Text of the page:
Let me start by saying that I used to hate distance running. In my school days, rugby was my sport and I would resent having to run more than a pitch-length at any given time. I mean if I wasn’t going to do it in a match, what was the point! Good for building up fitness and endurance they said, more like good for building boredom and fatigue! But then as I got a bit older and my time playing team sports came to an end (and no, I don’t count my brief run out for the Bank of Ireland Corporate tag rugby team), I needed something to keep the pounds off the midrift or at least slow the inevitable onset of middle age spread, so I became a jogger, in the words of Blur, somebody who goes round and round and round.
I must confess that this turn to jogging also coincided with meeting my beloved as it turned out that she was an avid jogger (although I think in her case a runner is more appropriate). Oh you’re training for a 10 mile run in Ballycotton and if I do it too, I’ll get to hang out with you for numerous evenings and have a scenic trip to Cork together to look forward to at the end of it, winner! Although I don’t think I took my training as seriously as Niki and may have been a bit undercooked when it came to the 10 mile event itself (having only run max 5 miles prior to the actual race). The weather on the day itself was ideal and while the sun may not have been splitting the stones (this was Ireland after all), it was definitely better than I had expected for March. After an initial mile where Niki dutifully ran beside me, she took off at her normal pace and left me to suffer for the remaining hour and a half! Strangely enough I actually got a second wind after 6 miles and caught sight of Niki up ahead as we began the final mile. Thoughts of a glorious victory filled my head as I envisioned myself punching the air in delight a la Eamonn Coughlan (see Helsinki 1983) as we crossed the line. Unfortunately I hadn’t factored the big hill at the start of mile 10 into the equation, all visions of victory disappeared to be replaced by pain, burning lungs, burning quads and a burning heart. The best I can say about that final mile is that I completed it and came away with the knowledge that I had reached my absolute limit in race length (no marathons, or half marathons for that matter, for me ever).
Since then I have realised that 5km is my perfect distance. Long enough to burn up a good chunk of calories but short enough that it can be done in half an hour so doesn’t overly impinge on time with the kids, wife, friends, life in general. Besides, whenever I try to increase my runs beyond the 5km limit I end up getting injured, and why does this always happen at the farthest point from help i.e. 4km into an 8km run up and down Griffith Avenue (the longest tree lined residential road in the northern hemisphere). Luckily I had my mobile phone with me that time but I wasn’t so lucky when 5km into a 10km charity run my right calf gave out and I was forced to limp the remaining 5km back to my car at the finish line as the whole field streamed past me.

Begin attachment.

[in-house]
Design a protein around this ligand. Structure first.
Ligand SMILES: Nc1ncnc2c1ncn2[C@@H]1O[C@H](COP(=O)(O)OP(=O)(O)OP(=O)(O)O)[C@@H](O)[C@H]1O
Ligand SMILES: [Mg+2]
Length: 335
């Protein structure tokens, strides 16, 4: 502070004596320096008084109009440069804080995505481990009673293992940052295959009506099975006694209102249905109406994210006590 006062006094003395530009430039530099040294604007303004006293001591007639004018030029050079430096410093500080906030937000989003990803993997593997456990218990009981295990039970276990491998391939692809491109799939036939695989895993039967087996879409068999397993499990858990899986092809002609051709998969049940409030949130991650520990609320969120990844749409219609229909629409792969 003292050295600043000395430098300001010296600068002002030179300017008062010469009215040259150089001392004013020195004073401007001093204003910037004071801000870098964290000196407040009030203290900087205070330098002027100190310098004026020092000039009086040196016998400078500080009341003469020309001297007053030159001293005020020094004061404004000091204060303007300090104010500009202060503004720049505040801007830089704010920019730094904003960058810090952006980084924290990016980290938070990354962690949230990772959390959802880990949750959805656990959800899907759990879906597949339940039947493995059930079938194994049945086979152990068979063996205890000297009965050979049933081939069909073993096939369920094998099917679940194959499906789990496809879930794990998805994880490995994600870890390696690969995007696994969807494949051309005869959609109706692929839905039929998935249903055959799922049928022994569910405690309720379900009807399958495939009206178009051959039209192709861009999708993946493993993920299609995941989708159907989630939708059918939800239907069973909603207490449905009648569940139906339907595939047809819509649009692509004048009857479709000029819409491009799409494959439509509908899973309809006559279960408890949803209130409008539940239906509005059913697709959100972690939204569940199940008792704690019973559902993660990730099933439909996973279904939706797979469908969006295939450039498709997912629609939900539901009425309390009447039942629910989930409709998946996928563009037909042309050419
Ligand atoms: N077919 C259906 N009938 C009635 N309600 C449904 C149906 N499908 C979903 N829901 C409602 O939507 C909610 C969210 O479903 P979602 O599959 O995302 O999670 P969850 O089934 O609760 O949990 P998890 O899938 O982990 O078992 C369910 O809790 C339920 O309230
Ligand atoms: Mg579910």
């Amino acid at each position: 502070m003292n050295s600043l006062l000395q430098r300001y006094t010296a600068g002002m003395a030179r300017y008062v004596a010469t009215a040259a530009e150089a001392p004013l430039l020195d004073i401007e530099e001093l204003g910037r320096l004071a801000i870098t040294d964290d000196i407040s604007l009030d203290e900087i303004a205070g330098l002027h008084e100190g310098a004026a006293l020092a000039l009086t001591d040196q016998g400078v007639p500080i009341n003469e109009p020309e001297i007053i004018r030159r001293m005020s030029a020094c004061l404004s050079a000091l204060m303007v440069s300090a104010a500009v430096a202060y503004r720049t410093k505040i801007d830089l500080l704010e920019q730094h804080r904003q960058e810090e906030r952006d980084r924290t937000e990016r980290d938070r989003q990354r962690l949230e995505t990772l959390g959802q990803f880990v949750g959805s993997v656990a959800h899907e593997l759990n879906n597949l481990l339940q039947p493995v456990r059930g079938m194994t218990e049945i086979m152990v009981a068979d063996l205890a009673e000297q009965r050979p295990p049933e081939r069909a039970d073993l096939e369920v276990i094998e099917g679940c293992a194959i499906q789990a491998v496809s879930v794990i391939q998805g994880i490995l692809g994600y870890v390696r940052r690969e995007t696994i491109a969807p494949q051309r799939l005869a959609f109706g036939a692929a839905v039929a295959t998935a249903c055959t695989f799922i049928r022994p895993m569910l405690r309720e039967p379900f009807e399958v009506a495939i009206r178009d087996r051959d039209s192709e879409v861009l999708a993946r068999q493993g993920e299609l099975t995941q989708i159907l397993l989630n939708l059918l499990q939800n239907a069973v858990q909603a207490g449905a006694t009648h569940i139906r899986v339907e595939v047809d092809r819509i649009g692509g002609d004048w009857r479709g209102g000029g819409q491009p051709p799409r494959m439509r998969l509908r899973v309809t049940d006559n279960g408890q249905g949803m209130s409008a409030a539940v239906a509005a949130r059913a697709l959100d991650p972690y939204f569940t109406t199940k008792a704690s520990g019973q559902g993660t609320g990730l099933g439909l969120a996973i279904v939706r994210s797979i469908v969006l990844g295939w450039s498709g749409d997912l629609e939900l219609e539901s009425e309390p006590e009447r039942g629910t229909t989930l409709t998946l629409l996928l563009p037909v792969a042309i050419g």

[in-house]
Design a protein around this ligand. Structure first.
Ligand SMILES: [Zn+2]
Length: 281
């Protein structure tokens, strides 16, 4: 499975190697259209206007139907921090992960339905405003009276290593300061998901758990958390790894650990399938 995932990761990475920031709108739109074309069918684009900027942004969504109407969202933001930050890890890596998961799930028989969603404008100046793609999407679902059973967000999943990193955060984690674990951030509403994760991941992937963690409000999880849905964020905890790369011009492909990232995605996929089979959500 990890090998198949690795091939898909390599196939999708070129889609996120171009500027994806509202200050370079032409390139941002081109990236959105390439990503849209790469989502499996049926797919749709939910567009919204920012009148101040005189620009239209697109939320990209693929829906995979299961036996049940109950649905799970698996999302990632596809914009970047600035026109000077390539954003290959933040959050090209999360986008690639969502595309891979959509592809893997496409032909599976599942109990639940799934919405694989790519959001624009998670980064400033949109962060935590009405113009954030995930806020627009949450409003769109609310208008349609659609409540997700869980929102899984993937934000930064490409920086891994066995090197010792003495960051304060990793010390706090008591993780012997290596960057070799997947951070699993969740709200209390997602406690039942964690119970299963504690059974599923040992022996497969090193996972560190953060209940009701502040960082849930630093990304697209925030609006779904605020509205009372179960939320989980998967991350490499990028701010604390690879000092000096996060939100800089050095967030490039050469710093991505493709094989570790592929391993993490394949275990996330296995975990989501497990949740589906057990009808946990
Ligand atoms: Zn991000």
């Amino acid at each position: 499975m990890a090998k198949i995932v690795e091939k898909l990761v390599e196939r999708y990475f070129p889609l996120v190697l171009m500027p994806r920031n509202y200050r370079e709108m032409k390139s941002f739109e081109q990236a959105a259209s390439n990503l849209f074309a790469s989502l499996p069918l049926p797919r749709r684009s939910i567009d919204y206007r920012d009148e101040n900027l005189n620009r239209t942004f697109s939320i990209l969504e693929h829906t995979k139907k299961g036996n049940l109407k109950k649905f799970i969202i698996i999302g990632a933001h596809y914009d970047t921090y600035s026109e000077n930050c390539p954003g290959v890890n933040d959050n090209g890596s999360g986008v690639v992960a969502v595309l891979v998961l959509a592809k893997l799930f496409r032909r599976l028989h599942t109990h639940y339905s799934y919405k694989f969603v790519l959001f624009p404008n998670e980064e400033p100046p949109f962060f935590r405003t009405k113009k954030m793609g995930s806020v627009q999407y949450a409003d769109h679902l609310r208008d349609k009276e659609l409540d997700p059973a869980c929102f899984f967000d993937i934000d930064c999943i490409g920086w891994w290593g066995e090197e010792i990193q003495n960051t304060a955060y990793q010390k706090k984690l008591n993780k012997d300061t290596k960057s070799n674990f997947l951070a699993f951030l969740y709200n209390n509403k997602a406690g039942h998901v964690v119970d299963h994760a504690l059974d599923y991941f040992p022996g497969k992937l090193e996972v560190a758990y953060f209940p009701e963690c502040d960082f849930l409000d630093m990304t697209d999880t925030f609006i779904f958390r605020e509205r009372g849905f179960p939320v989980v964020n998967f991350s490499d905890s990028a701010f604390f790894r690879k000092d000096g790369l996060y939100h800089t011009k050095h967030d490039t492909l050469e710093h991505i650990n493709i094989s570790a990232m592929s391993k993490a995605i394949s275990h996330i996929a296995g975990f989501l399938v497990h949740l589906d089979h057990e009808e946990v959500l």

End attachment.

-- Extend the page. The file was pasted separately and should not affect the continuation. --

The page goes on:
Fortunately 5km is also the distance of the excellently organised parkrun events. For those of you not aware what a parkrun is, it is a series of timed 5km runs which take place every Saturday morning at 9.30am around the UK and Ireland. Results are provided online and it is a great way to keep track of your progress or lack thereof. For me it is the mere fact that you are running with a bunch of people of varying abilities and ages all trying to some extent to finish in the quickest time possible that gives me the incentive to push myself a little bit harder and makes it more enjoyable. Many a great battle I have had (at least in my own mind) with the 50 year old woman (ages are shown on the results page and can be quite surprising) where I am picturing Coe and Ovett (see middle distance running in the early 80s) going toe to toe, whereas in reality she is getting fed up with me hanging on her shoulder until the last bend so that I can kick hard in the home straight! That’s what’s great about growing up with a love of athletics on TV as every week becomes a different scenario from the screens of my youth. When you have 23-27 minutes of running ahead of you, it is these thoughts going through your mind that sustain you.
There are 75 parkruns in Ireland and I had my first opportunity to become a parkrun tourist last week while I was in Killarney. Now I didn’t wear my Dublin jersey for the event (as one brave man did) but I did enjoy the added competitive edge of being on foreign soil, so to speak. Also I was running with Niki, in the picturesque surroundings of Killarney House, so there was a chance for revenge, a decade and 4 children later. This time I did manage to reel her in during the last km and when it came to a kick for home I channeled Steve Cram, Said Aouita, El Guerrouj et al to win the day (or finish 50th out of 200 if you want to look at the actual result). The next installment will probably take place in another decade or so, hopefully my knees won’t have given out by then!